Referring to FIG. 33, an alternative of the calibration data track area 23 of FIG. 30 is shown. In this example, a second track 4001 does not have a pit mark recorded. A first track 4002 is recorded with a first periodical signal represented by a fifth pit pattern 4004. The fifth pit pattern 4004 is recorded to the track 4002 by repeatedly forming a pair of pit marks and pit spaces therein at a 26 Tw period. A third track 4003 is recorded with a sixth periodical signal represented by a fourth pit pattern 4005. The sixth pit pattern 4005 is recorded to the track 4003 by repeatedly a pair of pit mark and pit space therein at a 24 Tw period.

In other words, the track 4002 is recorded with a pit pattern having a pair of pit marks and pit spaces repeated at a period of t1=1/26 Tw. The track 4003 is recorded with a pit pattern having a pair of pit marks and pit spaces repeated at a period of t2=1/24 Tw. Therefore, the band filters 3803 and 3804 are set to have let-through frequencies of f1=1/26 Tw and f2=1/24 Tw, respectively.

Referring to FIG. 34, another alternative of the calibration data track area 23 of FIG. 30 is shown. In this example, first and third tracks 4102 and 4103 are the same as those 3702 and 3703 of FIG. 30, respectively. However, a second track 4101 is recorded with a random signal which is represented by a pit pattern, as indicated in FIG. 34.

According to this example, the second track 4101 is recorded with pit pattern in addition to the first and third tracks 4102 and 4103. Therefore, the present invention can even be applied to a tracking servo system utilizing a phase difference method which requires pits on the second track (4101) for reproducing a signal therefrom as being properly tracked.

Referring to FIG. 35 another alternative of the calibration data track area 23 of FIG. 33 is shown. In this example, first and third tracks 4202 and 4203 are the same as those 4002 and 4003 of FIG. 33, respectively. However, a second track 4201 is the same as the second track 4101 of FIG. 34. Therefore, this example is also effective with a phase difference method.

Referring to FIG. 36, another alternative of the calibration data track area 23 of FIG. 34 is shown. In this example, first and third tracks 4302 and 4203 are the same as those 4102 and 4103 of FIG. 34, respectively. However, a second track 4301 is recorded with a seventh periodical signal represented by a pit pattern 4306. This pit pattern 4306 is recorded to the track 4301 by repeatedly forming a pair of pit marks and pit spaces therein at a 6Tw period, as typically shown in FIG. 36. In other words, the second track 4301 is recorded with the pit pattern 4306 having a pair of pit marks and pit spaces repeated at a period of t0=6 Tw. Note that t0≠1, t0≠2, t0≠nĚt1, t0≠mĚt2, t2≠t1, t2≠kĚt1, and t2≠t1/l, wherein "n", "m", "k", "l" are positive integers.

Referring to FIG. 37, another alternative of the calibration data track area 23 of FIG. 33 is shown. In this example, first and third tracks 4402 and 4403 are the same as those 4202 and 4203 of FIG. 35, respectively. However, a second track 4401 is recorded with the seventh periodical signal having the pit pattern 4406 which is the same as the pit pattern 4301 of FIG. 36.

Referring to FIG. 38, another alternative of the calibration data track area 23 of FIG. 30, similar to FIG. 36, is shown. In this example, first and third tracks 4502 and 4503 are the same as those 4302 and 4303 of FIG. 36, respectively. However, a second track 4501 is recorded with an eighth periodical signal represented by a pit pattern 4506. This pit pattern 4506 is repeatedly recorded to the track 4501 by a pair of pit marks and pit spaces therein at a 50 Tw period, as typically shown in FIG. 38. In other words, the second track 4501 is recorded with the pit pattern 4506 having a pair of pit marks and pit spaces repeated at a period of t0=50 Tw.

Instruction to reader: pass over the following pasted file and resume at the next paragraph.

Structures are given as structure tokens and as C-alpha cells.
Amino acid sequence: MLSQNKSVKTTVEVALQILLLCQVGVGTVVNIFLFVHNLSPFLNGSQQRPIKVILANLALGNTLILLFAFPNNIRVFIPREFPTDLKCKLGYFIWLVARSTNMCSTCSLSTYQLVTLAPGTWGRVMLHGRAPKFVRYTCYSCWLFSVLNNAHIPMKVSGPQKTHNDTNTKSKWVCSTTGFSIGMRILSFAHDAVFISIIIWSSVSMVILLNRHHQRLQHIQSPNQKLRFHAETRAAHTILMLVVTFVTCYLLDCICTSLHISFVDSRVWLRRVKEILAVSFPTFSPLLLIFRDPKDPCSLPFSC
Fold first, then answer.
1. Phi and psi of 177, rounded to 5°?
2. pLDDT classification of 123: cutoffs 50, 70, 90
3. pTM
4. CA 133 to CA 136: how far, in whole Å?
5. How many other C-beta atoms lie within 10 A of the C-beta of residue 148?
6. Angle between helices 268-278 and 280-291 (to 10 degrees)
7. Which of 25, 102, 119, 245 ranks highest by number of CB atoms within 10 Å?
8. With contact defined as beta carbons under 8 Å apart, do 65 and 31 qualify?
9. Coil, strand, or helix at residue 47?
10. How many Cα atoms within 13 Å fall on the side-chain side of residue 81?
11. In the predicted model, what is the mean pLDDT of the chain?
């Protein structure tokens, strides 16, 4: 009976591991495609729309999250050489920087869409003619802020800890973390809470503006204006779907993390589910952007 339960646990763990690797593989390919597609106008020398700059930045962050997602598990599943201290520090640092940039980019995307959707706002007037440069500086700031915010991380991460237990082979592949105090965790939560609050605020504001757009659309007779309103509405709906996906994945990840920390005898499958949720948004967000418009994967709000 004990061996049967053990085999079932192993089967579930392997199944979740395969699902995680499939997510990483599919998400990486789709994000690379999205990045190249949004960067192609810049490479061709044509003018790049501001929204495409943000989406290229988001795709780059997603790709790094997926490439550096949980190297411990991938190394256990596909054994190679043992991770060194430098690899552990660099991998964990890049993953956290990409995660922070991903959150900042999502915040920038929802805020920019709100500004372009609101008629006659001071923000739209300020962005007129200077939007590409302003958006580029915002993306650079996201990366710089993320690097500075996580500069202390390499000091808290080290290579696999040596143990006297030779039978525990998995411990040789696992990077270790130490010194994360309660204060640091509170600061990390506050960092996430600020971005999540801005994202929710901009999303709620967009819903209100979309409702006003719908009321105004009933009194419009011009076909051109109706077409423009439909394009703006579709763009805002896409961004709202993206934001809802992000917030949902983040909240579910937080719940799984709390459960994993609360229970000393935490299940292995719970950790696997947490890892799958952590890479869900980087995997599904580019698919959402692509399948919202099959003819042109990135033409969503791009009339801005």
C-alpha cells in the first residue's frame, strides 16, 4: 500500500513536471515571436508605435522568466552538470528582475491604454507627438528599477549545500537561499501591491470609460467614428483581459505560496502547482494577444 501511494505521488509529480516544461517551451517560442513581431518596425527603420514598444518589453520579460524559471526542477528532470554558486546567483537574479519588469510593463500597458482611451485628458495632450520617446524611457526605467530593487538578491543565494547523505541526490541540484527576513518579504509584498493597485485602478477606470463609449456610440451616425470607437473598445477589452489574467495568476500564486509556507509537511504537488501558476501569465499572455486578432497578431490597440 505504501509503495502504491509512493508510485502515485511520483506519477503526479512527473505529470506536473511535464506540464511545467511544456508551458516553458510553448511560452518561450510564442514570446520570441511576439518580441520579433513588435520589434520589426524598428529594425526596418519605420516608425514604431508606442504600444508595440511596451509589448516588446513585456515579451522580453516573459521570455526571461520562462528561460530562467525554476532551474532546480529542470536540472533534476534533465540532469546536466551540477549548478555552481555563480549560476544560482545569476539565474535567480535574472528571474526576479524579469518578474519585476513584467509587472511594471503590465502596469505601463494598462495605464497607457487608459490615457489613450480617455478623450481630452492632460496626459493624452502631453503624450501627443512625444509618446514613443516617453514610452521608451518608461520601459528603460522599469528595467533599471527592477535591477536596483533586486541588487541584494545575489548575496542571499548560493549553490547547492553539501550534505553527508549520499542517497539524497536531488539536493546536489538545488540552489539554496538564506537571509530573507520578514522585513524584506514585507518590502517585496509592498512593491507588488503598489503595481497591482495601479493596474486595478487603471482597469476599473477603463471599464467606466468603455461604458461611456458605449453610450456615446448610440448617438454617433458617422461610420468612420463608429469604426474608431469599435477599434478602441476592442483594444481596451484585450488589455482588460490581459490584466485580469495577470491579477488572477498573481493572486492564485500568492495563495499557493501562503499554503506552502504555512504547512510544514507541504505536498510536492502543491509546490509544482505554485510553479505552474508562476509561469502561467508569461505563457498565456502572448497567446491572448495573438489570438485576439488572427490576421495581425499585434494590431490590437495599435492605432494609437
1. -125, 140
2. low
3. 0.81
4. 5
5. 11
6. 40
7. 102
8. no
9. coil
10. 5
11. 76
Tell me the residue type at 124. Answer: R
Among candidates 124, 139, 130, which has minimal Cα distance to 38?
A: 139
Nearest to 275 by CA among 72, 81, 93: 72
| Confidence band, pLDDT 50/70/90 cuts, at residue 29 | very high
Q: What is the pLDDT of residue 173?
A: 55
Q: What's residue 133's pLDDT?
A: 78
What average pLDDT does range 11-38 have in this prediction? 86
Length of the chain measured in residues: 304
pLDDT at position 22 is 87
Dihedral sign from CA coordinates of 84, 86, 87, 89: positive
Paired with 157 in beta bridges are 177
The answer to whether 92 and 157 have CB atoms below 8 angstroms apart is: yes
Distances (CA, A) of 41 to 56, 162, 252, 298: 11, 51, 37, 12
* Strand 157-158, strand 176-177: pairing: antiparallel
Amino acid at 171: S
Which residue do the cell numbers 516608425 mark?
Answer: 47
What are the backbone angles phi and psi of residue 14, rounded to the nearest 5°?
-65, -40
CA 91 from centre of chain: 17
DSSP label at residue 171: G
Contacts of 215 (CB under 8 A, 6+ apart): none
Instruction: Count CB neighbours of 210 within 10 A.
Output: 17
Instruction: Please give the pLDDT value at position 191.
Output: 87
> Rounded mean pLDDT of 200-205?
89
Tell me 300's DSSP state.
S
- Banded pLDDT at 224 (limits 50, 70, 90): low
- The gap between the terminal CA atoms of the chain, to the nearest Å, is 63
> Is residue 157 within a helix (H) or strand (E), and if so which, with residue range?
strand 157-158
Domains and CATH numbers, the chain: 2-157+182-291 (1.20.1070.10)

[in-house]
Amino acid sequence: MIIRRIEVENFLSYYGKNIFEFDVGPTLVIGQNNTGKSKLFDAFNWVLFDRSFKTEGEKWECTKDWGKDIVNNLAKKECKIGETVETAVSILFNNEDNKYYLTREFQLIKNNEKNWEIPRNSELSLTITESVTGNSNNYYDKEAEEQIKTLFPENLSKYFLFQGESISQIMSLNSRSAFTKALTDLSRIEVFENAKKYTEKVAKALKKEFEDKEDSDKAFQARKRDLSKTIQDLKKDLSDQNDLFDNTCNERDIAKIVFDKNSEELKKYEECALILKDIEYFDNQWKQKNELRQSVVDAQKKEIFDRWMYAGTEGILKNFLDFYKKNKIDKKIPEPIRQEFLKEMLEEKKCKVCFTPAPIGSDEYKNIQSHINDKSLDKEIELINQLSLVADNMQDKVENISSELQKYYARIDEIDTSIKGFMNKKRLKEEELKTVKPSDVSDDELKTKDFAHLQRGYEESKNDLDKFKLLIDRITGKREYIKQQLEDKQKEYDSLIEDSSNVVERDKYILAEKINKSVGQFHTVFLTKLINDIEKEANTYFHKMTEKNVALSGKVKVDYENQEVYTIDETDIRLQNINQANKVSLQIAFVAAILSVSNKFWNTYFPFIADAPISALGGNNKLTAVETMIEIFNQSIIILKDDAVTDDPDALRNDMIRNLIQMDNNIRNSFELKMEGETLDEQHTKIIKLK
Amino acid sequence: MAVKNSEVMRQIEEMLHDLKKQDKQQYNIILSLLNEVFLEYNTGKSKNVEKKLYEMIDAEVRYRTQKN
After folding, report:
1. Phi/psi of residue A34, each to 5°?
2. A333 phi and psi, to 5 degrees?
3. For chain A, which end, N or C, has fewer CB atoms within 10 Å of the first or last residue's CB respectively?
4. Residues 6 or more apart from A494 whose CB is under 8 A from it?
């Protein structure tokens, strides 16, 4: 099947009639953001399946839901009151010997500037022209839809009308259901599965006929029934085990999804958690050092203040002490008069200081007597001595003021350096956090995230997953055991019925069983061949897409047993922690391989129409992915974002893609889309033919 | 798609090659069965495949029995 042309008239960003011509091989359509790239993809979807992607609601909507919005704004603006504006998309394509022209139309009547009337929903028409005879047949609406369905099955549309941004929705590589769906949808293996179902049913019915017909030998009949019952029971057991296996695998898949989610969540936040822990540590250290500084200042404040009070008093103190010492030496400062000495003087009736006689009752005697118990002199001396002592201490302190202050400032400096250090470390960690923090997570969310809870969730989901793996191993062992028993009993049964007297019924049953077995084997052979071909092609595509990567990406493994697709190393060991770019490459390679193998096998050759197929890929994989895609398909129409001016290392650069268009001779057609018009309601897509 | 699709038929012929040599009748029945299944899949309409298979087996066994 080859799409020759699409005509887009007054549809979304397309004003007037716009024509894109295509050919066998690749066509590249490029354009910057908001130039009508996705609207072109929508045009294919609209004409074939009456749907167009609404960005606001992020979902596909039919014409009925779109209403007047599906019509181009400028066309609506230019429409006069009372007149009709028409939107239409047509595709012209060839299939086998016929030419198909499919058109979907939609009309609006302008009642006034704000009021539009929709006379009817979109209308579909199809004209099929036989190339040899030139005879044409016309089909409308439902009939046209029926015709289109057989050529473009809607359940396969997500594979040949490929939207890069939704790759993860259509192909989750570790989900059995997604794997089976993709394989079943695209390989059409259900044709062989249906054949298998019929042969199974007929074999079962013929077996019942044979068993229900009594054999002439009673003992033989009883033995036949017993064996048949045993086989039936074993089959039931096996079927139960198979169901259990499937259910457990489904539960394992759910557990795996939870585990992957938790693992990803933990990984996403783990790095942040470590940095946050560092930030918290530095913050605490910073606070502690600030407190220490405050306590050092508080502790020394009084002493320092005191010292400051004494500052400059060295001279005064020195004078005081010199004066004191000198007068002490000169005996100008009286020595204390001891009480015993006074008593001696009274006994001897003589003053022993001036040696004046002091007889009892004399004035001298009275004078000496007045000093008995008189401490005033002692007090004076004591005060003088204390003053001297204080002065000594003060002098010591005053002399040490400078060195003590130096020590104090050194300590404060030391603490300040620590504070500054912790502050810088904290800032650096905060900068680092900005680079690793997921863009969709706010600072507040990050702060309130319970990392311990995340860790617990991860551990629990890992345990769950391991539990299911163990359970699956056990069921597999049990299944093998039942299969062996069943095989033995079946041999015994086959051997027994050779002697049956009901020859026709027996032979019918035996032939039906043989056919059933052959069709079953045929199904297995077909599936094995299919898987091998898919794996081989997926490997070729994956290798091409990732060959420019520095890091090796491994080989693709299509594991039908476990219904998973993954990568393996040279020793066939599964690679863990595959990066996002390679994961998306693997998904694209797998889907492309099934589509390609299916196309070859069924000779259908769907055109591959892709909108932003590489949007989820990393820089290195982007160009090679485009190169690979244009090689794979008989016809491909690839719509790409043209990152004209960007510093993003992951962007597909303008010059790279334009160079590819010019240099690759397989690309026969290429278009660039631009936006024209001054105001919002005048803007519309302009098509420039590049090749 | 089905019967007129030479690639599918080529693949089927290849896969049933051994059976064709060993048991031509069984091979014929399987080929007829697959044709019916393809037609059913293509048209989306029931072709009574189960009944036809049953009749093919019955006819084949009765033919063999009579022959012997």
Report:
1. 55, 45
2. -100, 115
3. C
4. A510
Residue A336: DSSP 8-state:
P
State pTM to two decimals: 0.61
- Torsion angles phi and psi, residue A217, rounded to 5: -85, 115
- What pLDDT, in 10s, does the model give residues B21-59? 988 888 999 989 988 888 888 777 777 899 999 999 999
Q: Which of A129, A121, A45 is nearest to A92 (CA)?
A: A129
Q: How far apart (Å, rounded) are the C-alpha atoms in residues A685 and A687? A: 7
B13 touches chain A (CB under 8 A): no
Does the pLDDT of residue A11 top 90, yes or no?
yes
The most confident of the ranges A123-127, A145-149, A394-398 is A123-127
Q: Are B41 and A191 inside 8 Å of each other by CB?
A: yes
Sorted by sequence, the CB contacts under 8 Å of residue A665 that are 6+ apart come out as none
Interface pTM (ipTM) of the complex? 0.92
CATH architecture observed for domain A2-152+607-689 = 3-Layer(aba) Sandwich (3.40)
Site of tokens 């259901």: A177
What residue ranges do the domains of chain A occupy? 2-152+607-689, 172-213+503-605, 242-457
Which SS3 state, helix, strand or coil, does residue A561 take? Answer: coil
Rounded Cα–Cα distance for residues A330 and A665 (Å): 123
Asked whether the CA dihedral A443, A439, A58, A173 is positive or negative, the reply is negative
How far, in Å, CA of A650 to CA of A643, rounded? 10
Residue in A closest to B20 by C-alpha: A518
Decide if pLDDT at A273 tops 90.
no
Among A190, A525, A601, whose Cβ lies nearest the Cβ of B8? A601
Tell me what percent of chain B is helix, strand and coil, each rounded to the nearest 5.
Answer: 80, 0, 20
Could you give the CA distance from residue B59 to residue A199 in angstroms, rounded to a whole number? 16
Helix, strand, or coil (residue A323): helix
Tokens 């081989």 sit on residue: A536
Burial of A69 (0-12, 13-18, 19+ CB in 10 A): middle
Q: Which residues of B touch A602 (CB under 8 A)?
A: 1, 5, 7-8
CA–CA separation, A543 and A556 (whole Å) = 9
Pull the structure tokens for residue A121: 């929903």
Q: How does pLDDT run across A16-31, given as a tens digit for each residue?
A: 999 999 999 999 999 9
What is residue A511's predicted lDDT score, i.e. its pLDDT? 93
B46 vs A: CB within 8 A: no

Referring to FIG. 39, another alternative of the calibration data track area 23 of FIG. 33, similar to FIG. 37, is shown. In this example, first and third tracks 4602 and 4603 are the same as those 4402 and 4403 of FIG. 37, respectively. However, a second track 4601 is recorded with the eight periodical signal having a pit pattern 4606 which is the same as the second track 4501 of FIG. 38.

Referring to FIG. 40, another alternative of the calibration data track area 23 of FIG. 30, similar to FIG. 38, is shown. In this example, first and third tracks 4702 and 4603 are the same as those of 4502 and 4503 of FIG. 38, respectively. However, a second track 4701 is recorded with a ninth periodical signal represented by a pit pattern 4701. This pit pattern 4701 is recorded to the track 4701 by repeatedly forming a pair of pit marks and pit spaces therein at a 68 Tw period, as typically shown in FIG. 40. In other words, the second track 4701 is recorded with the pit pattern 4706 having a pair of pit marks and pit spaces repeated at a period of t0=68 Tw.

Referring to FIG. 41, another alternative of the calibration data track area 23 of FIG. 33, similar to FIG. 39, is shown. In this example, first and third tracks 4802 and 4803 are the same as those 4602 and 4603 of FIG. 37, respectively. However, a second track 4801 is recorded with the ninth periodical signal having a pit pattern 4806 which is the same as the second track 4701 of FIG. 40.

Referring to FIG. 42, another alternative of the calibration data track area 23 of FIG. 30, similar to FIG. 40, is shown. In this example, first and third tracks 4902 and 4903 are the same as those 4702 and 4603 of FIG. 40, respectively. However, a second track 4901 is recorded with a tenth periodical signal represented by a pit pattern 4906. This pit pattern 4906 is recorded to the track 4901 by repeatedly forming a pair of pit marks and pit spaces therein at a 42 Tw period, as typically shown in FIG. 42. In other words the second track 4901 is recorded with the pit pattern 4906 having a pair of pit marks and pit spaces repeated at a period of t0=42 Tw.